They are drawing up a fourth confidential list of suspects, either
individuals or units linked to crimes committed since July, Karen
Koning AbuZayd, an American expert serving on an independent
commission of inquiry set up by the United Nations in 2011, said in
U.N. human rights chief Navi Pillay said in December that evidence
collected by the investigators implicates President Bashar al-Assad,
later denying that she had direct knowledge of their secret lists.
AbuZayd said the lists went up to "higher levels" of the Syrian
government, declining to be more specific in the interview in
Geneva, where the first talks involving the warring parties are
expected over the coming week.
Foreign fighters in Syria, mainly Islamist groups, have their "own
agenda", sometimes setting up sharia courts that issue summary
sentences carried out immediately, including executions, AbuZayd
"Civil wars can be pretty bad, but people coming in from outside
with radical agendas really don't give a damn what they do to things
or people in that wonderful country that Syria was."
Photographs allegedly taken by a Syrian military police photographer
said to show the systematic torture and killing of about 11,000
detainees are not deemed admissible evidence for now, although the
team is trying to find out more, AbuZayd said.
"We've told those people who have this information, to whom it was
given, that whatever they would want to share with us, we would be
"They claim to have numbers and names and so on and that families
have identified some of these people. But they have to be very
careful because the families are still inside (Syria)."
The 55,000 images provided by the photographer, who fled Syria after
passing the pictures to Assad's opponents, show emaciated and
"As far as we understand, those things are done, as described. But
where these things came from and who the person was and all of that,
we just don't know," AbuZayd said.
"For us of course it is also a single source which we wouldn't use
because it is only a single source," she said at the Geneva-based
U.N. human rights office.
The U.N. commission of inquiry has previously documented a number of
cases of torture that led to death, similar to those described in
Britain's Guardian newspaper on Monday. Reported deaths in custody
rose markedly during 2013, it has said.
According to the U.N. findings, the Syrian government and its
intelligence agencies have used widespread, systematic torture to
interrogate, intimidate and punish people seen as opponents. Torture
has been used in detention centers, security branches, prisons and
Documented methods used by the government include electric shocks,
severe beating while in stress positions, cigarette burns, mock
executions, sleep deprivation, and psychological torture such as
threats to rape family members, it says.
[to top of second column]
REFUGEES BEARING SCARS
AbuZayd, who has interviewed Syrian refugees bearing scars on their
backs and gauged eyes from mistreatment in detention, said: "It is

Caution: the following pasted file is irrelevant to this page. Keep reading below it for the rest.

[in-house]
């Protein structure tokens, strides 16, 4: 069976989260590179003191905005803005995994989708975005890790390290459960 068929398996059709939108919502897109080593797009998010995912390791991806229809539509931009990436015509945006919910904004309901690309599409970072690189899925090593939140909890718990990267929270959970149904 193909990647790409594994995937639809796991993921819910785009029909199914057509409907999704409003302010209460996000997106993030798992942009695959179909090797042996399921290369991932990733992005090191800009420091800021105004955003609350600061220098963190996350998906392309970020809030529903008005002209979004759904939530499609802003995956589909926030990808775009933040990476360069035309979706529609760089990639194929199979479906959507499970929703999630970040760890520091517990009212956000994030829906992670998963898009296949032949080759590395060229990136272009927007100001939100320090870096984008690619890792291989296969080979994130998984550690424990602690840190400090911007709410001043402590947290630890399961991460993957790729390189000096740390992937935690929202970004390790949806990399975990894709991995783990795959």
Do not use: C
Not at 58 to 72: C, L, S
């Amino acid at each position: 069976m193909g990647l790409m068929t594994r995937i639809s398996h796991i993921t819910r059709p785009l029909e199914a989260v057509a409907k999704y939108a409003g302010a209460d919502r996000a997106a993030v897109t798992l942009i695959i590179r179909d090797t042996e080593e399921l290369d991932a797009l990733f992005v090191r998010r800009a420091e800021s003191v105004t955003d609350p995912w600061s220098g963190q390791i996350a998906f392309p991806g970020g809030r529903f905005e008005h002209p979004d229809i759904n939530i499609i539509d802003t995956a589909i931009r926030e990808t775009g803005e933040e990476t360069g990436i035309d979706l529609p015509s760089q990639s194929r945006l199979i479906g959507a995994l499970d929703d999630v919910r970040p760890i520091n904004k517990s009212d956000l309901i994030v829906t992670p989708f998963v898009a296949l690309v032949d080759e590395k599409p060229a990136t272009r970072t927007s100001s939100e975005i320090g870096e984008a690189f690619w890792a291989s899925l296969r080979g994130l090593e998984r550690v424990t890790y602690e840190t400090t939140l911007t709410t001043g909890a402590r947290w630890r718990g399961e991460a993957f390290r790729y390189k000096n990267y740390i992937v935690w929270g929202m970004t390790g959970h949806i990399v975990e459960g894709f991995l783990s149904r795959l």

certainly not the first time that these things have been identified.
"We've had many more interviews over the years, the two and a half
years that we have been collecting evidence of these kind of things
happening in detention centers."
The U.N. investigators have also documented torture and killings by
rebel forces and said in September that hardline rebels and foreign
fighters invoking jihad, or holy war, have stepped up killings,
executions and abuses in the north.
"Since there is tension between and among the various opposition
groups, we're getting more information about opposition groups from
other opposition groups. So there is more information on both sides
now," AbuZayd said.
Paulo Pinheiro, who leads the inquiry, is among four commissioners
who include AbuZayd, former U.N. war crimes prosecutor Carla del
Ponte and Vitit Muntarbhorn. They are finalizing their next report,
due to be issued on February 20.
Their team of more than 20 investigators has interviewed 500
refugees, defectors and people still in Syria since July, bringing
the total number of testimonies gathered to 2,600 since the inquiry
began its work in Sept 2011.
The International Criminal Court — the world's first permanent war
crimes court — has so far been powerless to act on Syria because
Damascus did not sign up to it and the U.N. Security Council has
been deadlocked as Russia and China oppose referring Syria to the
"It has to come through the Security Council in the case of Syria.
That's been the problem all along. How many times have we challenged
the Security Council about this? They are the ones that have to take
action," AbuZayd said.
"We have a lot of investigators that have been through the ICC,
they've worked there," she said. "They know the rules, what kind of
evidence is needed. I think we have really solid stuff that will
come out from them."
The U.N. has an "enormous database" that would be available to any
judicial body deemed objective and appropriate, she said. The whole
point of the team's mandate was accountability.
"Otherwise what we're doing doesn't make any sense, it has no
meaning unless someone is called to account one day for all this
information that we are collecting and all these abuses we are
documenting," she said.
Both the Syrian government and opposition have accused each other of
crimes, demanding perpetrators be held to account.
"They both want accountability about what the others do, rather than
themselves," she said.
(Reporting by Stephanie Nebehay; editing by Philippa Fletcher)
[© 2014 Thomson Reuters. All rights
Copyright 2014 Reuters. All rights reserved. This material may not be published,
broadcast, rewritten or redistributed.